Safety

  1. Truckers Against Trafficking

    Youth sex trafficking along America’s highways is a problem hiding in plain sight.

    Many runaways or abducted teens are forced into this situation. Often it just takes a phone call to save someone’s child being held against their will.

    If you see anything out of the ordinary, don’t be afraid to call the authorities. It could save somebody’s life.

    For more information visit truckersagainsttrafficking.org.

    To report trafficking, call the organization’s national hotline at 888-373-7888.

  2. Brake Early

    Apr 24

    Posted in Safety

    Brake Early

    Control your speed whether fully loaded or empty. Large combination vehicles take longer to stop than most vehicles; making it necessary to brake sooner. This gives you, the driver, more time to react to situations around you.  It also gives other drivers more time to react to your vehicle’s movements.  

    When lightly loaded, the very stiff suspension springs and strong brakes give poor traction and make it very easy to lock up the wheels. You can jackknife very quickly. Your trailer can swing out and strike other vehicles.

    You also must be very careful about driving bobtail. Tests have shown bobtails can be very hard to stop smoothly. Allow extra following distance and look far ahead, so you can brake early. Don't be caught by surprise and have to make a panic stop.

  3. Accelerating-Slow and Steady

    Don't roll back when you start. You may hit someone behind you. Partially engage the clutch before you take your right foot off the brake.

    Accelerate smoothly and gradually so the vehicle does not jerk. Rough acceleration can cause mechanical damage. When pulling a trailer, rough acceleration can damage the coupling devices.

    Accelerate gradually when traction is poor, as in rain, loose dirt or gravel. If you use too much power, the drive wheels may spin. You could lose control, or find yourself stuck. If the drive wheels begin to spin, take your foot off the accelerator.

  4. Make Sure Your “Big Wheels Keep On Turnin’”

    Your wheels support the tires and attach the tires to the axles. The rims and lug nuts do the heavy lifting while your hub oil makes sure those wheels keep turning.  Forty tons of truck is supported by those 18 wheels, making them a vital part of your pre-trip inspection.  During most equipment issues, you can pull over and contact breakdown...  But you need your wheels to pull over!  This makes your wheels the most basic safety feature needed to operate the truck, a feature you will always need to count on. Make sure they are up to the task. During a pre-trip inspection always:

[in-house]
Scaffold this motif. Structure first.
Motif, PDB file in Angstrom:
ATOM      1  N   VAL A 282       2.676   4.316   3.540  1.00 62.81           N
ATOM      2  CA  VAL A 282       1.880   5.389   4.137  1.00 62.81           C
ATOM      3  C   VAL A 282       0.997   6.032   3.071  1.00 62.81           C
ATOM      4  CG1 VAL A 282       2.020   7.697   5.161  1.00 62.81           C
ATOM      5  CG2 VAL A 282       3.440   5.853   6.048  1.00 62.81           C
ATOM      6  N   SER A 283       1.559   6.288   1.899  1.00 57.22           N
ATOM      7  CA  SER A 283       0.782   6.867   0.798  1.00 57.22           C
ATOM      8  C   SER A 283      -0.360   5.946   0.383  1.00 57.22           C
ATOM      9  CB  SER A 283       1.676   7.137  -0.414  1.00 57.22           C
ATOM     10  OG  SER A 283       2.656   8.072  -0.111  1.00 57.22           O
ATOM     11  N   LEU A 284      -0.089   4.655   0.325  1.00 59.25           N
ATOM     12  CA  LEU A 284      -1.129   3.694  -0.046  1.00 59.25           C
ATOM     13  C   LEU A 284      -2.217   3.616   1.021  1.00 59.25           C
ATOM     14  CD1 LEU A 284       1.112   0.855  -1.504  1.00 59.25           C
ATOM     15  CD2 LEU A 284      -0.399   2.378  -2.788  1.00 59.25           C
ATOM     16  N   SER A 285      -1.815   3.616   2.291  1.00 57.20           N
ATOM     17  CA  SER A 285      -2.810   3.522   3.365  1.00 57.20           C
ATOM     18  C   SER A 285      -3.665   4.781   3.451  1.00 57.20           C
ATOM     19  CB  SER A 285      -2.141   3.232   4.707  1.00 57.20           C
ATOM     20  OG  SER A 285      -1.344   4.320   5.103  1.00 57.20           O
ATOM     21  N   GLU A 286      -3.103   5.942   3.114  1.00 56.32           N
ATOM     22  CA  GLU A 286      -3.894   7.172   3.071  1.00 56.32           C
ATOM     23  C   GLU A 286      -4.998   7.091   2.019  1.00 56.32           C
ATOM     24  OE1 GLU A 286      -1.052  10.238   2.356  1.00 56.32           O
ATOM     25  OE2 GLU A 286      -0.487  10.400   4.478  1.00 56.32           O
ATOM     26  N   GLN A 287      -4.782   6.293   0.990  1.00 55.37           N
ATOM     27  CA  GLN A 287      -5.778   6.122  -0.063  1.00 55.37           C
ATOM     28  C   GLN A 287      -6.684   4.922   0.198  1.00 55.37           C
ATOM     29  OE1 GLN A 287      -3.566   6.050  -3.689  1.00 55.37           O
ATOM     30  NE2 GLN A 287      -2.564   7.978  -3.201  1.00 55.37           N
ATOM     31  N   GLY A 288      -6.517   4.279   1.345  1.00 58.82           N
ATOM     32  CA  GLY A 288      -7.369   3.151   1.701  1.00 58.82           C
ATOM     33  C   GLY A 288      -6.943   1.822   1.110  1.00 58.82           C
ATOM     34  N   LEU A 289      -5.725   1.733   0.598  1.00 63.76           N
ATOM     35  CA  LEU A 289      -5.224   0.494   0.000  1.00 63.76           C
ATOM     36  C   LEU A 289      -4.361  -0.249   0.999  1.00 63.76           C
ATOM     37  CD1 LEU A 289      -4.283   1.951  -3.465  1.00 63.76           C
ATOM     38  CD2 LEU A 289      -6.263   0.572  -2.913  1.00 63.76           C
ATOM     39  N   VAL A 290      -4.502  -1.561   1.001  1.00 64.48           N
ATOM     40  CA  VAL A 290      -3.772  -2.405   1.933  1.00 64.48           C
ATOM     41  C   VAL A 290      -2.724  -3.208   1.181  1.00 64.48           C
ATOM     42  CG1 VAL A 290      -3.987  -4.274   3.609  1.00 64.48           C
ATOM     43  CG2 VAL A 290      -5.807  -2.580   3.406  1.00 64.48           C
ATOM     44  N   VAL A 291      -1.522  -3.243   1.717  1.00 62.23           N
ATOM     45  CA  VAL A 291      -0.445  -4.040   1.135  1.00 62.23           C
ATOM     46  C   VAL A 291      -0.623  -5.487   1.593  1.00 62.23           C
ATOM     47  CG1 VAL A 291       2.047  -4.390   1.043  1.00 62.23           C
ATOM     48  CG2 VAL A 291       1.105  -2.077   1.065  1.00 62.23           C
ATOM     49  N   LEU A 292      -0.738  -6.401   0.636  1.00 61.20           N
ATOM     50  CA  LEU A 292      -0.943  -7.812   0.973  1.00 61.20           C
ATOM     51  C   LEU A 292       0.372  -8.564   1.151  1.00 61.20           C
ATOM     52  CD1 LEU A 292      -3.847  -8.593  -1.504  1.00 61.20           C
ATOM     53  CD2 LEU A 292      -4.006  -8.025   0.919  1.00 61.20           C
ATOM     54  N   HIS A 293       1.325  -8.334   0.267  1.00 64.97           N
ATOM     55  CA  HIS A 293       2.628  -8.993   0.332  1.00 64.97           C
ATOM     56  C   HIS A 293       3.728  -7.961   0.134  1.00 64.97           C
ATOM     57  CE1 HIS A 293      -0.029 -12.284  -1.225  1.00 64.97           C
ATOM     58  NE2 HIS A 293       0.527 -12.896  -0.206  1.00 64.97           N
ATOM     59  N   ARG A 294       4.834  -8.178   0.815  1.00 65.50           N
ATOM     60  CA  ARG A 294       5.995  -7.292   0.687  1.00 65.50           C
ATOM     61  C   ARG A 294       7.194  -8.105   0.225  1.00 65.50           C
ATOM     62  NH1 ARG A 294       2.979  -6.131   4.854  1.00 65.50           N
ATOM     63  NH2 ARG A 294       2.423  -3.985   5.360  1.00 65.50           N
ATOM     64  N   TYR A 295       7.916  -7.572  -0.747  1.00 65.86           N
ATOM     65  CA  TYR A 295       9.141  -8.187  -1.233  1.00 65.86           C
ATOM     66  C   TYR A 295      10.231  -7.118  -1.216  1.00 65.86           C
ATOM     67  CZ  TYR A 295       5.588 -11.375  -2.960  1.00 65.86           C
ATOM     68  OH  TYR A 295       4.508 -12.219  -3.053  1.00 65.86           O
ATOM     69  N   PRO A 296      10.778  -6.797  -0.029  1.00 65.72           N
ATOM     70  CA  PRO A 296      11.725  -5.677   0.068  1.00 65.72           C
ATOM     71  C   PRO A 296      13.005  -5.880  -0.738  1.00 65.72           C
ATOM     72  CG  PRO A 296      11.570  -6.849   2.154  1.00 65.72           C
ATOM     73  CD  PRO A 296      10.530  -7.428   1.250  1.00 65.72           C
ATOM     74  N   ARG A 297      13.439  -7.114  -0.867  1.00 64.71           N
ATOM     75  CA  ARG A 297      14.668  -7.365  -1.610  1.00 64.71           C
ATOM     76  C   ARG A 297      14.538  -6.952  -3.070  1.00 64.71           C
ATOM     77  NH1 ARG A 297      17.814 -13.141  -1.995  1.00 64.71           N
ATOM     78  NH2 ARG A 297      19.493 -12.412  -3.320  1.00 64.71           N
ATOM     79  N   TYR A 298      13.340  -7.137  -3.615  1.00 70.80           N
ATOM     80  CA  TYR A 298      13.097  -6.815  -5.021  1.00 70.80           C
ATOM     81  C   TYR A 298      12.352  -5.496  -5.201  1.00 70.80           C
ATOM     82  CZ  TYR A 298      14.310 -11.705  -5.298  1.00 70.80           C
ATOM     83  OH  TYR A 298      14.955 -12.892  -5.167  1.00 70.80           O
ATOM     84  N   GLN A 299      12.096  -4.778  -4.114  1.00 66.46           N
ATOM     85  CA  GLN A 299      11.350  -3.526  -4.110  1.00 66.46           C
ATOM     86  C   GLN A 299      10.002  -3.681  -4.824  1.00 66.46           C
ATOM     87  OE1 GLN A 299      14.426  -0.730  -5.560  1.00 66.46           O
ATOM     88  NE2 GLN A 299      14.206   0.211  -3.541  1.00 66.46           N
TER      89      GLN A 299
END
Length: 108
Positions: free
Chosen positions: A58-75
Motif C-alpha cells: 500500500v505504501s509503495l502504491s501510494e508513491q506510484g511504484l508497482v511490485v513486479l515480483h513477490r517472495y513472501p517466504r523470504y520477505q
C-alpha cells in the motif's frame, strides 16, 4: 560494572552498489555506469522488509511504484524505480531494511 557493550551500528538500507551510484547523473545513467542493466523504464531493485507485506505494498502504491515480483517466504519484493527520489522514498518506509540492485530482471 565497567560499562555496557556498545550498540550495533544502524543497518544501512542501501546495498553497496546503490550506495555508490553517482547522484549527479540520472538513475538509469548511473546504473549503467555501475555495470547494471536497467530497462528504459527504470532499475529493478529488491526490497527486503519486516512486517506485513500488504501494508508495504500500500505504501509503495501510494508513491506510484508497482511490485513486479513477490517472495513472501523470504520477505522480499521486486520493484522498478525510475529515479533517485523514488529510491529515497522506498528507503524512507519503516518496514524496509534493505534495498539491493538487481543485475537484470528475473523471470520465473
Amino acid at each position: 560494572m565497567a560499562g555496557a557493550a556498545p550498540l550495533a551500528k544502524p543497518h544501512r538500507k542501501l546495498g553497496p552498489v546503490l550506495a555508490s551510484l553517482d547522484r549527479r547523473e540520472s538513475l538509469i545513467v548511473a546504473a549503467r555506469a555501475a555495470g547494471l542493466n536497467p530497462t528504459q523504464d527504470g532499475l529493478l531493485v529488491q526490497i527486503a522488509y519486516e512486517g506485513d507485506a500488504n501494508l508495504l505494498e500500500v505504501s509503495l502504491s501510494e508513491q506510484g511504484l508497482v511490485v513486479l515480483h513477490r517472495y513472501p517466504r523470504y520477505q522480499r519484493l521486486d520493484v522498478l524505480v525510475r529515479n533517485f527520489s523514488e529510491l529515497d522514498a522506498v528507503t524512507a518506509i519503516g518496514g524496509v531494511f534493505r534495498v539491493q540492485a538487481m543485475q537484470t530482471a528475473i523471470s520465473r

1. Make sure the wheels and rims are not bent or cracked. 
    2. Look for rust or oil streaks across the rim.  If there is rust then you have loose lug nuts (water is pulling rust from the threads). 
    3. Make sure you are not missing any lug nuts and they are secure. Remember, just because a tire has been replaced recently does not mean the lug nuts are secure. 
    4. If you see oil streaks on the rims your hubs are leaking oil.
    5. Check your hubs oil level (when possible).  Just because there are no visible leaks doesn’t mean there isn’t a problem. 
    6. Hubs with a rubber seal that are coated with dirt and grease indicates no one has opened it up in a long time, so do so promptly. 
    7. Check the tires inside and out for: cuts or bulges,  uneven tread wear,  100 psi (110 psi on super singles), at least 4/32” of tread remaining on steers and at least 2/32” tread remaining on all other tires.

    Report issues immediately. Never move the truck until you are confident it’s wheels will pull their weight!

  5. Your Tires Should Only Travel the Path Seen By Your Eyes

    One of the dangers of driving any vehicle and commercial vehicles in particular is letting good driving habits fade into bad habits. Basic safe backing precaution requires getting out of the vehicle to ensure the path is clear and is repeated multiple times a day or a week. This repetition often reveals no hazards to avoid. As a result, it becomes easier to assume it unlikely you will encounter another object. But a professional driver knows collisions usually occur while backing up. Don’t drive like an amateur; be a pro. Be prepared and alert and follow basic backing procedures. 

    Be sure you begin the backing maneuver by avoiding blind side backing. If needed, you should go around and re-position your tractor-trailer unit. Having your mirrors aligned and in good condition will increase your visible line of sight. Remember, it is the responsibility of the driver to ensure to back safely at all times whether using an assistant or not.